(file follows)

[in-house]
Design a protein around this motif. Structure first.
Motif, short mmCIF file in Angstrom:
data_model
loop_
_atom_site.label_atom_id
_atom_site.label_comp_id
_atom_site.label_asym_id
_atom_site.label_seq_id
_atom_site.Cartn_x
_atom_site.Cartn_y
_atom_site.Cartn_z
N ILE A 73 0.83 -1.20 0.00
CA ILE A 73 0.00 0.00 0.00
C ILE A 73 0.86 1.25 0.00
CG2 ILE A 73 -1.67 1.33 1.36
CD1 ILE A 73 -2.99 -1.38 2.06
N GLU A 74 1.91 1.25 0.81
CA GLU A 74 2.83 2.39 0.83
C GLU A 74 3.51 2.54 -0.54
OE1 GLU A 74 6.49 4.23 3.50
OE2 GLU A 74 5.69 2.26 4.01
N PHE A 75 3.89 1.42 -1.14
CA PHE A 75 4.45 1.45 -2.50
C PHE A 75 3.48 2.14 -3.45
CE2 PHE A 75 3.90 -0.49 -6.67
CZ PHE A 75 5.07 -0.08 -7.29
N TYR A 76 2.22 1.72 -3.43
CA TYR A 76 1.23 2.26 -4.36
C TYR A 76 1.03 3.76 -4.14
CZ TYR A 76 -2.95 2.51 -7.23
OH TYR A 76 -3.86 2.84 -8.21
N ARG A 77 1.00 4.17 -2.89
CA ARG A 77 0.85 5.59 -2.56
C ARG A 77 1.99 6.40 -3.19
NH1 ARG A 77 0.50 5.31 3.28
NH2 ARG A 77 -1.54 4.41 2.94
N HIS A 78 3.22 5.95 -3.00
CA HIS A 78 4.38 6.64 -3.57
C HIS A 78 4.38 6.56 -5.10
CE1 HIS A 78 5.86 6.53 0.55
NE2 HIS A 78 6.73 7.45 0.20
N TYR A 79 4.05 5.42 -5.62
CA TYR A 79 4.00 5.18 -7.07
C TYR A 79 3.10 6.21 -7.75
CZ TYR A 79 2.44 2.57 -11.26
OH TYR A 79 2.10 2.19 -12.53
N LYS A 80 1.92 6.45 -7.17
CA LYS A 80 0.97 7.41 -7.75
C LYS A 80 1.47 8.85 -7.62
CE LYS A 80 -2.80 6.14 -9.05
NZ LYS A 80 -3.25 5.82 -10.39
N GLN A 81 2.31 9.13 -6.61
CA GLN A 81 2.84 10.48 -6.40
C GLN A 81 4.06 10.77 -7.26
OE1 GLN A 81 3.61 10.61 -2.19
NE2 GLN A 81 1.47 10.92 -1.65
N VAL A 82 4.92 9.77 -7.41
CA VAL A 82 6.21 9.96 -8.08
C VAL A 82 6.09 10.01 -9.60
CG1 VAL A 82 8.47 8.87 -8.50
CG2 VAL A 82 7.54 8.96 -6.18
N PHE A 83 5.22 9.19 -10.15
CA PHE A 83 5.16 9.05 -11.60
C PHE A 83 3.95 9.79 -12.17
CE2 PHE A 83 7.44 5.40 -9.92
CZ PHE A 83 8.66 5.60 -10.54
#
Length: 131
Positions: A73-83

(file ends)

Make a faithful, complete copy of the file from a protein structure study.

[in-house]
Design a protein around this motif. Structure first.
Motif, short mmCIF file in Angstrom:
data_model
loop_
_atom_site.label_atom_id
_atom_site.label_comp_id
_atom_site.label_asym_id
_atom_site.label_seq_id
_atom_site.Cartn_x
_atom_site.Cartn_y
_atom_site.Cartn_z
N ILE A 73 0.83 -1.20 0.00
CA ILE A 73 0.00 0.00 0.00
C ILE A 73 0.86 1.25 0.00
CG2 ILE A 73 -1.67 1.33 1.36
CD1 ILE A 73 -2.99 -1.38 2.06
N GLU A 74 1.91 1.25 0.81
CA GLU A 74 2.83 2.39 0.83
C GLU A 74 3.51 2.54 -0.54
OE1 GLU A 74 6.49 4.23 3.50
OE2 GLU A 74 5.69 2.26 4.01
N PHE A 75 3.89 1.42 -1.14
CA PHE A 75 4.45 1.45 -2.50
C PHE A 75 3.48 2.14 -3.45
CE2 PHE A 75 3.90 -0.49 -6.67
CZ PHE A 75 5.07 -0.08 -7.29
N TYR A 76 2.22 1.72 -3.43
CA TYR A 76 1.23 2.26 -4.36
C TYR A 76 1.03 3.76 -4.14
CZ TYR A 76 -2.95 2.51 -7.23
OH TYR A 76 -3.86 2.84 -8.21
N ARG A 77 1.00 4.17 -2.89
CA ARG A 77 0.85 5.59 -2.56
C ARG A 77 1.99 6.40 -3.19
NH1 ARG A 77 0.50 5.31 3.28
NH2 ARG A 77 -1.54 4.41 2.94
N HIS A 78 3.22 5.95 -3.00
CA HIS A 78 4.38 6.64 -3.57
C HIS A 78 4.38 6.56 -5.10
CE1 HIS A 78 5.86 6.53 0.55
NE2 HIS A 78 6.73 7.45 0.20
N TYR A 79 4.05 5.42 -5.62
CA TYR A 79 4.00 5.18 -7.07
C TYR A 79 3.10 6.21 -7.75
CZ TYR A 79 2.44 2.57 -11.26
OH TYR A 79 2.10 2.19 -12.53
N LYS A 80 1.92 6.45 -7.17
CA LYS A 80 0.97 7.41 -7.75
C LYS A 80 1.47 8.85 -7.62
CE LYS A 80 -2.80 6.14 -9.05
NZ LYS A 80 -3.25 5.82 -10.39
N GLN A 81 2.31 9.13 -6.61
CA GLN A 81 2.84 10.48 -6.40
C GLN A 81 4.06 10.77 -7.26
OE1 GLN A 81 3.61 10.61 -2.19
NE2 GLN A 81 1.47 10.92 -1.65
N VAL A 82 4.92 9.77 -7.41
CA VAL A 82 6.21 9.96 -8.08
C VAL A 82 6.09 10.01 -9.60
CG1 VAL A 82 8.47 8.87 -8.50
CG2 VAL A 82 7.54 8.96 -6.18
N PHE A 83 5.22 9.19 -10.15
CA PHE A 83 5.16 9.05 -11.60
C PHE A 83 3.95 9.79 -12.17
CE2 PHE A 83 7.44 5.40 -9.92
CZ PHE A 83 8.66 5.60 -10.54
#
Length: 131
Positions: A73-83